Despite steady growth in the agricultural sector, averaging 4%[i] a year between 2010 and 2017, Nigeria is a long way from achieving Sustainable Development Goal 2 (SDG 2) of zero hunger. In recent years, the country’s agricultural productivity has fallen at one of the fastest rates on the continent: since 2014, productivity has decreased by 20%, compared for example with growth of 4% in Rwanda and 2% in Ethiopia.[ii] One in every four Nigerians still lacks secure access to sufficient amounts of food,[iii] and the number of undernourished people has been on the rise since 2011, increasing from 11 million to 14 million as of 2016.[iv] In 2016 nearly half (44%) of Nigerian children below the age of five were stunted, meaning that Nigeria has the world’s second highest incidence of stunting.[v] In the long term, malnourishment and food insecurity affect citizens’ health and well-being, and they also affect their ability to complete a quality education, work efficiently and generate income. By 2050, Nigeria is set to become the third most populous country in the world, with about 411 million people.[vi] Feeding all these people will require a significant increase in food production. However, if current trends continue, the number of malnourished people in Nigeria will reach 31 million by 2050, almost equivalent to the entire population of Ghana today.[vii] Adequate investments need to be made now to double agricultural productivity and to ensure that Nigeria’s growing population is well nourished.


The trends highlighted above are a result of significant challenges that exist in Nigeria’s agriculture sector. These include the following: 

  • Agricultural yields remain low, with cereal yields at around 1,444 kg/hectare, compared with 2,993 kg/hectare in India or 3,227 kg/hectare in Malaysia.[viii] This is mainly because most farmers do not have timely access to quality inputs (seeds, fertiliser and pesticides), irrigation, technology or improved farming practices. For example, fertiliser use in Nigeria is extremely low at 11 kg per hectare, compared with an average of 58 kg/hectare in Ethiopia and 32 kg/hectare in Rwanda.[ix]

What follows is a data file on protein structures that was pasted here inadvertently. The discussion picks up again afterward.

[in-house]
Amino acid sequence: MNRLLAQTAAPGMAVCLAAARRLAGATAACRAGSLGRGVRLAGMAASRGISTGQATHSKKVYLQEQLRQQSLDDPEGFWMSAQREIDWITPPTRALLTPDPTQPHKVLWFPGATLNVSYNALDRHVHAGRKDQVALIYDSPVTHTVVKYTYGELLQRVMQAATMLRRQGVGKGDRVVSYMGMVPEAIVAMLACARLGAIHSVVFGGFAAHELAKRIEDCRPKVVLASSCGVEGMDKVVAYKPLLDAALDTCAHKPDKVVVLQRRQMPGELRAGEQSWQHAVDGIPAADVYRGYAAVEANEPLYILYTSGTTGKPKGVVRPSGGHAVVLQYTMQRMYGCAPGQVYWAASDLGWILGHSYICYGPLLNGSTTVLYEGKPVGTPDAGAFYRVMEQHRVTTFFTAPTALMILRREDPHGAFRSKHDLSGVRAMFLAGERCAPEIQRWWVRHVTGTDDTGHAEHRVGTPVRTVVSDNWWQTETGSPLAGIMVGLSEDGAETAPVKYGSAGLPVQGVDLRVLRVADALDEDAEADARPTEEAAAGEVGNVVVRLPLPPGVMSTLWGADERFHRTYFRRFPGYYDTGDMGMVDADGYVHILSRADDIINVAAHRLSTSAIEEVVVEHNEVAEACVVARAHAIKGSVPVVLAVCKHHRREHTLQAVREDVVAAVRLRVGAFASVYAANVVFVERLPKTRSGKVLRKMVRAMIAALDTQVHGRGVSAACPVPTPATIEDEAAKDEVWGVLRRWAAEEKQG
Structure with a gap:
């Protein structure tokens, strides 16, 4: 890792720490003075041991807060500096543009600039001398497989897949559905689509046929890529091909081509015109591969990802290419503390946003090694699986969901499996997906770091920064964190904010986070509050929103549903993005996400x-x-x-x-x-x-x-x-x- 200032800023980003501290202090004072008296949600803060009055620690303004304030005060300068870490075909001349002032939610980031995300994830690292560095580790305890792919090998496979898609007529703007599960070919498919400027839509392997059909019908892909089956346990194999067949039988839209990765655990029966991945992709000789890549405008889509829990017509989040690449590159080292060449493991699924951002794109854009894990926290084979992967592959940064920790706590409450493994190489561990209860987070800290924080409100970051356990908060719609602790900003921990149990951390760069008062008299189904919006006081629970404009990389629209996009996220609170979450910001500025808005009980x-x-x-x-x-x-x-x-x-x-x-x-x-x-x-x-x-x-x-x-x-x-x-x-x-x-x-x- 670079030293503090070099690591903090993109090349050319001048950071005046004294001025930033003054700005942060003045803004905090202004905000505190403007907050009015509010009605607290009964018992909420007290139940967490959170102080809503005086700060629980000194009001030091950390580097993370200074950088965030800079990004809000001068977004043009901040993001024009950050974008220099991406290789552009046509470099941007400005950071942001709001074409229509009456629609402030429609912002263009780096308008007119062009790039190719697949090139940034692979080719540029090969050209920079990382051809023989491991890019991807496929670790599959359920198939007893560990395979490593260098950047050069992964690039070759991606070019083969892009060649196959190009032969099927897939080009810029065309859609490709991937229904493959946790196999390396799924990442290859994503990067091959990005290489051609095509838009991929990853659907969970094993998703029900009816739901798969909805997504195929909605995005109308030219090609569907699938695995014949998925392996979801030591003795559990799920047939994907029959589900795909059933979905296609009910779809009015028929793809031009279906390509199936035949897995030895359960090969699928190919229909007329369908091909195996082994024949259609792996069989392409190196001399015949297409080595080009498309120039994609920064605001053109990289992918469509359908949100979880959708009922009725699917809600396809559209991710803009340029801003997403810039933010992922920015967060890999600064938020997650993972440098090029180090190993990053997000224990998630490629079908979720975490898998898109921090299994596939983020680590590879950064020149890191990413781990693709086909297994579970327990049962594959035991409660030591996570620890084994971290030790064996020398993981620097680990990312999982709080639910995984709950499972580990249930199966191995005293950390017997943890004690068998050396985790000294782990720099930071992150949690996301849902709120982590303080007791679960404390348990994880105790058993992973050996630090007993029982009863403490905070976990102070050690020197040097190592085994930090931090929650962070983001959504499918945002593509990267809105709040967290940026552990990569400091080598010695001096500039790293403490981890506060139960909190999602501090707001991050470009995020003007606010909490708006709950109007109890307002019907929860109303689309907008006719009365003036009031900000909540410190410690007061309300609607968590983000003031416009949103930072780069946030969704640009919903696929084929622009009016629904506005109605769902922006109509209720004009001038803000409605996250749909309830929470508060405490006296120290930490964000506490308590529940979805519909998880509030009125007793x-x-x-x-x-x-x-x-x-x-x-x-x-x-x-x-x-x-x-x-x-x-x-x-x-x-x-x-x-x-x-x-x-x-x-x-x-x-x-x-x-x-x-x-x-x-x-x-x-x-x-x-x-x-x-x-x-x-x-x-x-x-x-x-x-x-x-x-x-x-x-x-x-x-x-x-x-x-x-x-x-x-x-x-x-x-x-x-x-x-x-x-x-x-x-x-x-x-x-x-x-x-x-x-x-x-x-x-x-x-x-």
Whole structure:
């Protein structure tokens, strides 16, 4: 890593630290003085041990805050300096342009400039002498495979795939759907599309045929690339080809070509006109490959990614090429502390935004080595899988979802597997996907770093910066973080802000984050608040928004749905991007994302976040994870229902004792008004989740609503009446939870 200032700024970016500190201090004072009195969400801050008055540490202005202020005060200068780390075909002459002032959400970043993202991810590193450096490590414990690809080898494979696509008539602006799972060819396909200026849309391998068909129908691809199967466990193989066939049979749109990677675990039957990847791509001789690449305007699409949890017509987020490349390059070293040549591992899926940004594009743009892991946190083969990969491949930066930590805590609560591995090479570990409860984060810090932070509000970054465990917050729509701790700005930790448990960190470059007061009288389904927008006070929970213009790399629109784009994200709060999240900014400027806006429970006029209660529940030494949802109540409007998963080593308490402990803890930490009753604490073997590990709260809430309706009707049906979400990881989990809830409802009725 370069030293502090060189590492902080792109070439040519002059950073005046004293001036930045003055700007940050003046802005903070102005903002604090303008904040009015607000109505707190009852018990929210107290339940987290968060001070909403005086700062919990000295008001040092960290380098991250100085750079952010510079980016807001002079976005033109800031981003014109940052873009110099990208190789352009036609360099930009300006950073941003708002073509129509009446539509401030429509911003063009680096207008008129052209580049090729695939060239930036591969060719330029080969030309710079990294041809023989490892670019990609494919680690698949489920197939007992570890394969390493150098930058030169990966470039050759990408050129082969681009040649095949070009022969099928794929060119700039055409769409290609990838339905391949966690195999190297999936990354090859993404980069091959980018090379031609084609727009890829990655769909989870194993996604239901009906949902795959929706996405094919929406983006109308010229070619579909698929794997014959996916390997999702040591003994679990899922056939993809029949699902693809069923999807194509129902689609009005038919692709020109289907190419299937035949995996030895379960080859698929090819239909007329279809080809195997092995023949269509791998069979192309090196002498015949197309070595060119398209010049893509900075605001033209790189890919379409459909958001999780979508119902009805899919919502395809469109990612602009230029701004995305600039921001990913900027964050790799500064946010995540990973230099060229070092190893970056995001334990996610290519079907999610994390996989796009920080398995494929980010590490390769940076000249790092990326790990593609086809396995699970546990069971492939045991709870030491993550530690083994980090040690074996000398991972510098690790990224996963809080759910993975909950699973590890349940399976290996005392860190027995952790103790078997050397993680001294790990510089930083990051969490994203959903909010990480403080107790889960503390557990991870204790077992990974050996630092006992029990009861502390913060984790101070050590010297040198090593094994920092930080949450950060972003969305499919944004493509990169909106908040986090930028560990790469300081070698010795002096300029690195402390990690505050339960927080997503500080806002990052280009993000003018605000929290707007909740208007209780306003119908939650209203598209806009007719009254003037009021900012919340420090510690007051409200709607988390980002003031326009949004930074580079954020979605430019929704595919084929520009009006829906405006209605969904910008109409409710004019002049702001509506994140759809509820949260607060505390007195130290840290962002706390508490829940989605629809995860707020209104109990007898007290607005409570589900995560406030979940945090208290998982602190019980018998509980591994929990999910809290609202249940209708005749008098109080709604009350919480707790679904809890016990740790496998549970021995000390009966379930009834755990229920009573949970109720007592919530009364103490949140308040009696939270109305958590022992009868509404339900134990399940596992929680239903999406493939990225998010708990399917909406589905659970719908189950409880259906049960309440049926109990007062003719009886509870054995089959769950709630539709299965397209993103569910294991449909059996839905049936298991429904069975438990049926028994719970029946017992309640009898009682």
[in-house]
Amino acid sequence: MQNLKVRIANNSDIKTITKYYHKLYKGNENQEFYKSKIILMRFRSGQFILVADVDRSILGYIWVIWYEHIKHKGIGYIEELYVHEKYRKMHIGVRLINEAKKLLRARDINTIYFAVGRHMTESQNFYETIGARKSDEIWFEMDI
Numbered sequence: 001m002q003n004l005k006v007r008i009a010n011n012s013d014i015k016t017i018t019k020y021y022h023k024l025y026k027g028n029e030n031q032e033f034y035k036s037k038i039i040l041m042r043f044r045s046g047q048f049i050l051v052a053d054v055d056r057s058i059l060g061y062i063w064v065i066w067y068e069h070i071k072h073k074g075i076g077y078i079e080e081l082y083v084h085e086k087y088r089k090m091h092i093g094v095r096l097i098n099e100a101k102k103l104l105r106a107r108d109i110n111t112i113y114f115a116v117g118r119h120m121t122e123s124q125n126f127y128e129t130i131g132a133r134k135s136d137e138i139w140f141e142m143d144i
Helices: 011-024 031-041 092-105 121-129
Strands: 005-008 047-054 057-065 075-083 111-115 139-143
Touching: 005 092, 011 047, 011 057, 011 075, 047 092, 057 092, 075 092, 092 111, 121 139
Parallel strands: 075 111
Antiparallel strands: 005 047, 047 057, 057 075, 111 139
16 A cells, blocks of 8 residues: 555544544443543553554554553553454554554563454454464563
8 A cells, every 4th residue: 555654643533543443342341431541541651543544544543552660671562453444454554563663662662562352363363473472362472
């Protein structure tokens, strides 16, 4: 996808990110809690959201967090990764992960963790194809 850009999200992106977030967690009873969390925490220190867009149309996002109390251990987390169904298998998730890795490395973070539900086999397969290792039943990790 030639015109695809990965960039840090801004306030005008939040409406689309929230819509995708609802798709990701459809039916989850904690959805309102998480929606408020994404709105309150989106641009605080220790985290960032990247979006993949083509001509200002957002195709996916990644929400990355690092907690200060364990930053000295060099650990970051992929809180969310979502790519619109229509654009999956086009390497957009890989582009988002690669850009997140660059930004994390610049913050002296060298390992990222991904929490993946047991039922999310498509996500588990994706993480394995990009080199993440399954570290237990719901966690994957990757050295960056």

• Climate change threatens food security and is projected to continue to do so for the foreseeable future. The Nigerian Meteorological Agency (NIMET) has shown that dramatic changes in weather patterns have led to a smaller number of rainy days.[x] It is estimated that by 2050 climate change could result in a 20% reduction in the number of productive growing days in sub-Saharan Africa, which will have serious impacts on crop and livestock productivity.[xi]
  • Access to finance remains a major constraint for many small-scale farmers, despite various government policies and credit schemes. Currently, two out of every three rural dwellers, who are mostly farmers, have no access to either a bank or a mobile bank account.[xii] The share of bank lending to agriculture is very low at 3%, given that the sector contributes around 25% to GDP, and this is insufficient to boost investment.[xiii]
  • Land rights and security remain a challenge. Nigeria is endowed with abundant agricultural land resources, yet there is limited access to secure land for farming activities, especially for women and youth. The World Bank’s ‘Enabling the Business of Agriculture’ report for 2017 ranks Nigeria 36th out of 38 countries evaluated on the issue of land administration.[xiv] A number of other land issues, such as land grabbing and weak tenure systems, are also threatening development in the sector.[xv]
  • Women are marginalised, even though they make up almost 50% of the agricultural labour force. Globally, women produce between 13% and 25% less than their male counterparts, with Northern Nigeria being an extreme case with a gap of 27%.[xvi] This is due to challenges associated with access to financial services, land ownership, agricultural inputs and access to markets, as well as constraints on the time that women are able to allocate to agricultural labour due to their burden of unpaid care work.[xvii] For most government interventions, there is limited gender-disaggregated data available to evaluate the impacts on women.